In the case of Duferco v Ningbo Arts & Crafts Import & Export, the award in question arose out of an ICC arbitration conducted in Beijing. The Ningbo Intermediate People’s Court ruled that the award was considered a French (and therefore non-domestic) award within the context of article I of the New York Convention because the arbitral institution, the ICC, was headquartered in France.
This approach is also exemplified in the case of TH&T International v Chengdu Hualong Automobile Parts, where the arbitration agreement between the parties provided for arbitration “under the Rules of Arbitration of the International Chamber of Commerce in Los Angeles”. In recognition and enforcement proceedings, the Chengdu Intermediate People’s Court held that the award in question was a French award again by virtue of the French origin of the ICC, as opposed to an American award by virtue of the fact that proceedings were seated in Los Angeles, for the same reason that the ICC was headquartered in France.
Conceptual difficulties arise when the nationality of an award is determined with regard to the nationality of the arbitral institution rather than the seat of arbitration. This approach ignores the fact of the lex arbitri and the role that supervisory courts play in arbitral proceedings.
It is inspiring to see that recent developments hint at PRC jurisprudence warming to the concept of a seat or place of arbitration. For example, the PRC Law on Choice of Law for Foreign-related Civil Relationships makes express reference to the term “place of arbitration” (仲裁地). Further, the SPC has issued a notification stating that awards rendered in ad hoc arbitrations, or ICC awards made in Hong Kong, should be enforced in accordance with the arrangement, which in a way confirms that the “nationality” of such awards is Hong Kong.
Recently, in its Reply Regarding Non-Enforcement of ICC Arbitral Award, the SPC again confirmed the standard of determining the nationality of an award arising out of Hong Kong arbitral proceedings. In that case, an application was made to the Taizhou Intermediate People’s Court for the enforcement of an award made by an ICC-appointed sole arbitrator in Hong Kong. The SPC confirmed that the Intermediate People’s Court should review the enforcement application in accordance with the arrangement.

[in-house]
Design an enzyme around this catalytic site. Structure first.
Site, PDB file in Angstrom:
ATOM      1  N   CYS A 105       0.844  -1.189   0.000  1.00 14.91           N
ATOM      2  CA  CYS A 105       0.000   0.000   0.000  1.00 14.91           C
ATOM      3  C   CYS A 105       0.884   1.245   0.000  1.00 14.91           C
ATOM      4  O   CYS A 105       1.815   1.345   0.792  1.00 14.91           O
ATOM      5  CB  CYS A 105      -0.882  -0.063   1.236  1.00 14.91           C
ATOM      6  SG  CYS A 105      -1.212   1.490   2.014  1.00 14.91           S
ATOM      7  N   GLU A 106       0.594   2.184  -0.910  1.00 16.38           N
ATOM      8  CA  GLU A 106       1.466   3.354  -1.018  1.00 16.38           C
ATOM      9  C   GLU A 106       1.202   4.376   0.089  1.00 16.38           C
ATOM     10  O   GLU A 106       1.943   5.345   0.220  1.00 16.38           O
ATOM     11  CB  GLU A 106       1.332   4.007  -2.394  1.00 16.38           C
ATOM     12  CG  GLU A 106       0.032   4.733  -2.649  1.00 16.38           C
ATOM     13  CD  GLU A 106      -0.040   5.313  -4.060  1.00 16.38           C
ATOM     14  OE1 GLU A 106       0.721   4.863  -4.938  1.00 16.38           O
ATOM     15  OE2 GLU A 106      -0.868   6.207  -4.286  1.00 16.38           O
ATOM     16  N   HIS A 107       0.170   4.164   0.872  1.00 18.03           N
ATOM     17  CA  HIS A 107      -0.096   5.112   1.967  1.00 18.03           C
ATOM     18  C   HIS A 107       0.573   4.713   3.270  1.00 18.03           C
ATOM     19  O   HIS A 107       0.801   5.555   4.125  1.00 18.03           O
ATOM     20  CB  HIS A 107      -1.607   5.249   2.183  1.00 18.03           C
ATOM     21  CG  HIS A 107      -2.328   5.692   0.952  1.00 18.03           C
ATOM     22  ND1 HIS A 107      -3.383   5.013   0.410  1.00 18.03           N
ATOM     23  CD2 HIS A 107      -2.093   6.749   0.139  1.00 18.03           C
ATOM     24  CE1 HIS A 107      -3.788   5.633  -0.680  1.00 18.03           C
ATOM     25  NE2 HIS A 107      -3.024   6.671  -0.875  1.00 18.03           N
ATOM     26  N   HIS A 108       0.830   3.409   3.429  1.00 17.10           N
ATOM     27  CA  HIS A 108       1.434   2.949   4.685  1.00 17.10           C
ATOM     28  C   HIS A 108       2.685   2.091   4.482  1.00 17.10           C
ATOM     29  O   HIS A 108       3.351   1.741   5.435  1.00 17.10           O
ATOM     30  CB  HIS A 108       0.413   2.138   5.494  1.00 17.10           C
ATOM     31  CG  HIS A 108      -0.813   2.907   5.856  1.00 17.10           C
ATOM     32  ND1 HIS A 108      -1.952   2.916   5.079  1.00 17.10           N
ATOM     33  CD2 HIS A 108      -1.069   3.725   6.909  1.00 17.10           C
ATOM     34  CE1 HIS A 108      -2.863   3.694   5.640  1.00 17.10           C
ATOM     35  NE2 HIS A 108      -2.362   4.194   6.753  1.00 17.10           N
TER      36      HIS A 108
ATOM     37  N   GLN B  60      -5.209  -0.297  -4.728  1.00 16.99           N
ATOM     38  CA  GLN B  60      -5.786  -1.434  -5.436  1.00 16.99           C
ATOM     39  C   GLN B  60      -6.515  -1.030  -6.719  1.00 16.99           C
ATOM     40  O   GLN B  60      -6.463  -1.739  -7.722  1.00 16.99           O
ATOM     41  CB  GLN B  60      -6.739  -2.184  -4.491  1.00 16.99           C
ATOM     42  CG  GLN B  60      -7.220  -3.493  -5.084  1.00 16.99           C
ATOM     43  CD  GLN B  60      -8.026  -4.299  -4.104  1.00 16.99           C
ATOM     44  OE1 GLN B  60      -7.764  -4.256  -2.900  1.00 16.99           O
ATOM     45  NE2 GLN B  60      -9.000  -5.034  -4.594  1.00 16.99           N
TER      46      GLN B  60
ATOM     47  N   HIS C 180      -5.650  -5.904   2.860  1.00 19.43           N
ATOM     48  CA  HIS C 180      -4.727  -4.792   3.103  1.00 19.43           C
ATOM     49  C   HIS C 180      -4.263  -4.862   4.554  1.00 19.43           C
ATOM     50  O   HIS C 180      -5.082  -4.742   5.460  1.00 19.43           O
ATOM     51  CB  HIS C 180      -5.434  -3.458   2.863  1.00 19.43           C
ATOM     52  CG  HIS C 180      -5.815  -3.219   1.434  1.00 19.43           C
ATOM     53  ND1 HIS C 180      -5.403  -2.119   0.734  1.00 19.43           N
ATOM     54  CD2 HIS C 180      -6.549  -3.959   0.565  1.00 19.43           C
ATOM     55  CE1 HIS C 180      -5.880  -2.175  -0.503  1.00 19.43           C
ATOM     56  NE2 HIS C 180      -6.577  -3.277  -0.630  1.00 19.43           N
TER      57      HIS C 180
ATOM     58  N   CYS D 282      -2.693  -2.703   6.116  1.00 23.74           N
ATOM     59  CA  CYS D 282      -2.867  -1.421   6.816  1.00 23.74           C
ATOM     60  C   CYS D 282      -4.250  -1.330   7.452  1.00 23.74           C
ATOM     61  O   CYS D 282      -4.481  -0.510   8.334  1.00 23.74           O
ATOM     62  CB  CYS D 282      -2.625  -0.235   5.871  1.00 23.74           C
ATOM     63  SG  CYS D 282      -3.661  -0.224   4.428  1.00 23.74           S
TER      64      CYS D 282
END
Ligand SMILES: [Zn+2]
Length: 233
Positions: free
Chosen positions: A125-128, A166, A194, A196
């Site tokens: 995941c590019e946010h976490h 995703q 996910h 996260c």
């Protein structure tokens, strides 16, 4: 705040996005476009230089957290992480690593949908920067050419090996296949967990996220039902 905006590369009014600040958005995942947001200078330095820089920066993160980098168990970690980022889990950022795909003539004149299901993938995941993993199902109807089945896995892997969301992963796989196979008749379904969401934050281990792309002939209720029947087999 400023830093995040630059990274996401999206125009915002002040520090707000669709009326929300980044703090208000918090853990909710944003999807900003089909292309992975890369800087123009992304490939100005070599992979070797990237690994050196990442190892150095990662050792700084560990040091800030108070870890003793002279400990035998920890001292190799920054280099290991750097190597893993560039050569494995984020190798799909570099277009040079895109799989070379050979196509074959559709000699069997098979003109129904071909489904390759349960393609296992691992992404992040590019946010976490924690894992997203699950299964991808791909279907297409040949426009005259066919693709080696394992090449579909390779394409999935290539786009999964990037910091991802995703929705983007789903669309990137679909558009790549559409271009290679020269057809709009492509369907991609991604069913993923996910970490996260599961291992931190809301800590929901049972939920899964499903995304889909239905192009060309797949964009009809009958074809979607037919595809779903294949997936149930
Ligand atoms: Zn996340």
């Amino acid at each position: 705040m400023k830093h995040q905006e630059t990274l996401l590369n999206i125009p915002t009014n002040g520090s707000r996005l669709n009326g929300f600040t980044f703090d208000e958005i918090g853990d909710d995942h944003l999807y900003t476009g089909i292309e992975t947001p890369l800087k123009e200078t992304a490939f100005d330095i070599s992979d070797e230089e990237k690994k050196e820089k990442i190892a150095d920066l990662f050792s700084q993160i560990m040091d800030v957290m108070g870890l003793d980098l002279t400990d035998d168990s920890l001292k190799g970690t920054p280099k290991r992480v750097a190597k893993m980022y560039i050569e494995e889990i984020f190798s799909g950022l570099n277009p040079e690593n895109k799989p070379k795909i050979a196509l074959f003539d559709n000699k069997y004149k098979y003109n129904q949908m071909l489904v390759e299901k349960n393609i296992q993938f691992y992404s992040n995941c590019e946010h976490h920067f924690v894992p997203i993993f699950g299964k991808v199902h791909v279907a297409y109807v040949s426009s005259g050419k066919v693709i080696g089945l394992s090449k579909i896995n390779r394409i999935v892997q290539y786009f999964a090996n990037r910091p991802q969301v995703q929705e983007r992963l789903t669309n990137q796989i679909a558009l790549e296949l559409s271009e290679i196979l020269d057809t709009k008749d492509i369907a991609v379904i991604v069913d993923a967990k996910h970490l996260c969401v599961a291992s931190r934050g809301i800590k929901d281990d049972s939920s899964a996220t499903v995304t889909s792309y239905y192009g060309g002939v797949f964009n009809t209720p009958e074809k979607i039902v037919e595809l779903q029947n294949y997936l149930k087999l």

Similarly, where the parties opt for overseas arbitral proceedings to be administered by Chinese arbitral institutions, it would also involve the question of determining the nationality of the award. In December 2016, in the case of Ennead Architects International LLP v R & F Nanjing Real Estate Development, which involved enforcement proceedings in respect of an award arising out of proceedings conducted by the China International Economic and Trade Arbitration Commission (CIETAC) Hong Kong Arbitration Centre, the Nanjing Intermediate People’s Court confirmed that it would consider enforcement of the award in accordance with the provisions of the arrangement.
Recent developments in PRC judicial practices have gradually brought the PRC arbitration framework more in line with prevalent international arbitration practices. Due to historical factors, there remain to be some disparities between the PRC and international arbitration spheres. In this regard, the introduction of the concept of the “seat of arbitration” would provide greater clarity as to the determination of the nationality of arbitral awards, which would be of considerable assistance in the enforcement of arbitral awards made in a foreign country, or by a tribunal appointed by a foreign arbitral institution.
Ing Loong Yang is a partner at Latham & Watkins in Hong Kong. Desmond Gan and Tina Wang are associates at the firm in Hong Kong